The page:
The interiors of houses and buildings are just as important as the design and architecture of the structure. And the job is not that simple. You need to maximize the space by utilizing furniture that would enhance the look, flow and movement of the room. Everything from the color and spacing to the flooring and materials should go together and complement each other.
Here is a list of the top ten most famous interior designers in the industry.
1. Frances Adler Elkins
This American interior designer from Milwaukee was responsible for the magnificent interiors of the Yerba Buena Club during the Golden Gate International Exposition, Cypress Point Club clubhouse, the Zellerbach mansion in Broadway and the Casa Amesti in Monterey in California. While her style was futuristic, she managed to complement it with vintage designs. She loved playing up the combination of colors and contemporary furniture. She passed away in 1953, but not before inspiring other popular designers.
2. Elsie de Wolfe
Known for her work on the mansions of rich people like Barrymore, Beckwith, Crocker and Frick, Elsie de Wolfe was a trendsetter who advocated minimalist designs and furniture that could be easily cleaned and maintained. Though her style was essentially Victorian, she also introduced a lot of innovations. She was able to spice up the Victorian style by using fresh colors, metallic finishing and even animal prints to old 18th century English and French furniture. Examples of her innovations include a foot stool upholstered with leopard skin, comfortable writing tables and chair lounges and the use of potted palms. De Wolfe was also responsible for the interior design of the dormitories in Barnard College in her native New York. She passed away in 1950.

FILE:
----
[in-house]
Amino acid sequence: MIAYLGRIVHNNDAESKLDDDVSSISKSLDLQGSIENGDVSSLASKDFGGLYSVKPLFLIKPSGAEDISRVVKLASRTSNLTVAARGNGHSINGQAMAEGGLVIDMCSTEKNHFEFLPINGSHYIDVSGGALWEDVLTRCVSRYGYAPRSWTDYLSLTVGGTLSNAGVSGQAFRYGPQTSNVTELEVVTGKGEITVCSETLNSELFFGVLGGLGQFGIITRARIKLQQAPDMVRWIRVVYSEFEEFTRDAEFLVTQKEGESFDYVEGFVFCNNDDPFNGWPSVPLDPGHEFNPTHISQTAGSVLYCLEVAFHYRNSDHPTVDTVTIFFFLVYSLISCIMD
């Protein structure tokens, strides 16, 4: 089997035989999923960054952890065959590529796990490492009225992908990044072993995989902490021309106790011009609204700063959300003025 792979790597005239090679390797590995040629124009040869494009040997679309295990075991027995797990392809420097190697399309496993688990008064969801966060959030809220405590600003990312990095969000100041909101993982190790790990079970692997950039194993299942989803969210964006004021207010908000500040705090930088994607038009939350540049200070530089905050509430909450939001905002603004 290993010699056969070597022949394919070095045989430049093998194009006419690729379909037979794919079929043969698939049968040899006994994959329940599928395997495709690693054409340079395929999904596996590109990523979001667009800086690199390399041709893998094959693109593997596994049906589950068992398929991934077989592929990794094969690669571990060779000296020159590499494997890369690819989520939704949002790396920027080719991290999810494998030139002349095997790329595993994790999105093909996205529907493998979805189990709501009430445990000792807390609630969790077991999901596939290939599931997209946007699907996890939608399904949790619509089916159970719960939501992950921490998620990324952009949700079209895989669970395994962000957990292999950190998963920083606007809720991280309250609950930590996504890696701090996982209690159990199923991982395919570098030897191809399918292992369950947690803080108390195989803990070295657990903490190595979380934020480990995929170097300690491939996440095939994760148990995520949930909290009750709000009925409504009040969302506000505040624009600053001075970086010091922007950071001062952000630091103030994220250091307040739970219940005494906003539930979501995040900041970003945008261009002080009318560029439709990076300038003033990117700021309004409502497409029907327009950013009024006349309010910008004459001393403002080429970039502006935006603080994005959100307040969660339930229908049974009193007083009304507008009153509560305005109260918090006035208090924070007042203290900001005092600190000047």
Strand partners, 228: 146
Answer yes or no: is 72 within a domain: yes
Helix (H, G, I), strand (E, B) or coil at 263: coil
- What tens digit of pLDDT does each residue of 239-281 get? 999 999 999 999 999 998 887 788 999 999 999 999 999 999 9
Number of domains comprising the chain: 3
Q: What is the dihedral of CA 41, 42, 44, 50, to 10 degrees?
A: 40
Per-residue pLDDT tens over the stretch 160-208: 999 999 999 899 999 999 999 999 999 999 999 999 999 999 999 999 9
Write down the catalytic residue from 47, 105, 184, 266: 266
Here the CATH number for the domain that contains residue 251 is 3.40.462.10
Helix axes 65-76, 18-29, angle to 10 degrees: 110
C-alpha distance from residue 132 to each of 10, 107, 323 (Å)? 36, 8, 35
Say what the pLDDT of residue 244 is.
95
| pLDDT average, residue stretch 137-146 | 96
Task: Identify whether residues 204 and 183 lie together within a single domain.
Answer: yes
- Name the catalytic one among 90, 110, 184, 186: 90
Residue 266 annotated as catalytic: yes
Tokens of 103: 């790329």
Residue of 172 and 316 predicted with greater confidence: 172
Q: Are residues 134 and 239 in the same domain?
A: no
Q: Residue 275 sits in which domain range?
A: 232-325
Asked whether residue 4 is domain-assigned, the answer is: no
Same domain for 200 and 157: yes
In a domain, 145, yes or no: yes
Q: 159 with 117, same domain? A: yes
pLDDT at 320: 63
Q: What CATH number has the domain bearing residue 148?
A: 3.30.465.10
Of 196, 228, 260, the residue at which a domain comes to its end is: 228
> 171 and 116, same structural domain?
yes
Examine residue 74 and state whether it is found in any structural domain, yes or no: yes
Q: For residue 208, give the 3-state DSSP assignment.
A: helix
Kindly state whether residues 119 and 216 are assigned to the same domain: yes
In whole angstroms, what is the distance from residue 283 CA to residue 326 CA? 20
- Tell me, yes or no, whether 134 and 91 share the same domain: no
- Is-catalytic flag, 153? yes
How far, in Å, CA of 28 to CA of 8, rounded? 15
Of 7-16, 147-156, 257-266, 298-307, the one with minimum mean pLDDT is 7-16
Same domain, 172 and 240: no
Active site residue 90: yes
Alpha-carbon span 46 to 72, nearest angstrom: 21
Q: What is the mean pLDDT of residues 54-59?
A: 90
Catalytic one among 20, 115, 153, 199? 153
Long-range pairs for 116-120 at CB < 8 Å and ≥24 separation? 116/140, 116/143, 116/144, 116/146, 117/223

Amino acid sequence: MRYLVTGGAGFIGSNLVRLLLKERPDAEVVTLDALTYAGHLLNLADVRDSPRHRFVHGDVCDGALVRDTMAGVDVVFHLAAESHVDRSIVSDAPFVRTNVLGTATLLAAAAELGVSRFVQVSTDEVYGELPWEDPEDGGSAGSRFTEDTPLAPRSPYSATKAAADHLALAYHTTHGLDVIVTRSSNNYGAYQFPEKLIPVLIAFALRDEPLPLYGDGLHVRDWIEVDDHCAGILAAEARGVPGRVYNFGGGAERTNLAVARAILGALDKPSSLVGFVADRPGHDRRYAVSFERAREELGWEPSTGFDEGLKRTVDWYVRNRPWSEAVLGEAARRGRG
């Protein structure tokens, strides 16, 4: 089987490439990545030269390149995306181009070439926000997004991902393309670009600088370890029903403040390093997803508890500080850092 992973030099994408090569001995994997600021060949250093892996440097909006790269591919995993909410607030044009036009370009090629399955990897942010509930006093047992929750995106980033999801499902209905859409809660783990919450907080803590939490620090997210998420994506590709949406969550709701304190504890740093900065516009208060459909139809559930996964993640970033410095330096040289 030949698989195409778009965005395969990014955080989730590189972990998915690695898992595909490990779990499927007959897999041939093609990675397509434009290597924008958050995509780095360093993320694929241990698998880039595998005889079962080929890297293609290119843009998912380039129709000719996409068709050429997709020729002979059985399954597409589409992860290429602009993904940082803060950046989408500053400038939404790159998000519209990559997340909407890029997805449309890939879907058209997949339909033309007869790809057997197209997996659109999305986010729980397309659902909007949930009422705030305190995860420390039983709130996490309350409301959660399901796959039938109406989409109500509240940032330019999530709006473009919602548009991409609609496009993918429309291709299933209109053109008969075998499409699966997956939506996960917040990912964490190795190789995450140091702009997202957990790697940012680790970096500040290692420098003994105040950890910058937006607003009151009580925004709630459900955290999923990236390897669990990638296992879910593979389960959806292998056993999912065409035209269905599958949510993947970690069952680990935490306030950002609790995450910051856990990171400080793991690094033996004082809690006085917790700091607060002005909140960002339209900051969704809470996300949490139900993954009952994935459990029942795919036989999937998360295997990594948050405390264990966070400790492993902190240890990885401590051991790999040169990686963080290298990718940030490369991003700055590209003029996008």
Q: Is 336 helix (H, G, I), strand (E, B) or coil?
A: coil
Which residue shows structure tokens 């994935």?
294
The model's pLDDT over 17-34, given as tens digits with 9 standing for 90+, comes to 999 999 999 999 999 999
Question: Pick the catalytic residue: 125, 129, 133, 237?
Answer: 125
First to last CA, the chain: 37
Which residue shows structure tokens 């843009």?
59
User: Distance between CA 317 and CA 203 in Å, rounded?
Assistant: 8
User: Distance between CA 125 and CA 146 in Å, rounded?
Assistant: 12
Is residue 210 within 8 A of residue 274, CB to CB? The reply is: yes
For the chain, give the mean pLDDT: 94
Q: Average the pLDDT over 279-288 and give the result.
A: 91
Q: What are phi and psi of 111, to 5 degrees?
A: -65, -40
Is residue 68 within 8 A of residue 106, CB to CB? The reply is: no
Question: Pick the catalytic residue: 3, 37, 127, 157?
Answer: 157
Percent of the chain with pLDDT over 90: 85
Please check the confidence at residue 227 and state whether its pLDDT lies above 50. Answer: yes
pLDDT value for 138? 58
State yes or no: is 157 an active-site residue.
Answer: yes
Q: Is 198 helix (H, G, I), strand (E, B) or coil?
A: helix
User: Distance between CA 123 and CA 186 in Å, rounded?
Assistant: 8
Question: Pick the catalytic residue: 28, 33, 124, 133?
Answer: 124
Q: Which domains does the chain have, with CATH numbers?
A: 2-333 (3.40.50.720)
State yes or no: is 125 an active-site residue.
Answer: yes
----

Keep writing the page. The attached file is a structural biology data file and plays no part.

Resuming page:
3. Dorothy Draper
Dorothy Draper did away with staid, common, boring and usual designs and instead introduced modern and contemporary designs to a lot of large public spaces using wild color combinations. She also mixed it in with floral and striped designs and made use of elaborate furniture. It was modern Baroque, with a hint of fun, boldness and mischief, even as she spiced it up with uncommon but refreshing color contrasts. Some of her more famous works include a restaurant at the Metropolitan Museum of Art called The Dorotheum, the Arrowhead Springs Hotel in California, the Hampshire House and the Carlyle, both in New York City, the Camellia House in Drake Hotel in Chicago and the Greenbrier Hotel in West Virginia. International works include the Quitandinah Palace and Casino Resort in Brazil and the Royal Palace of Lithuania. She passed away in 1969.
4. Petra Blaisse
The Dutchwoman is known for her creativity in combining different elements. She was not only good in interior design, but also in architecture, exhibits, landscapes and textiles. She mixed various styles using colors, flexibility, lights and movement to bring fresh graphic effects. Her style reflected a blend of the inside and outside, the landscape and the structure, and culture and nature. The result was a design that is sophisticated, yet functional. All these are reflected in her works, which include the golden curtain at the Nederlands Dans Theater, the curtains and flooring of the Lille Grand Palais in France, the spiral sound curtain in Kunsthal in Rotterdam and the Museumpark, also in Rotterdam.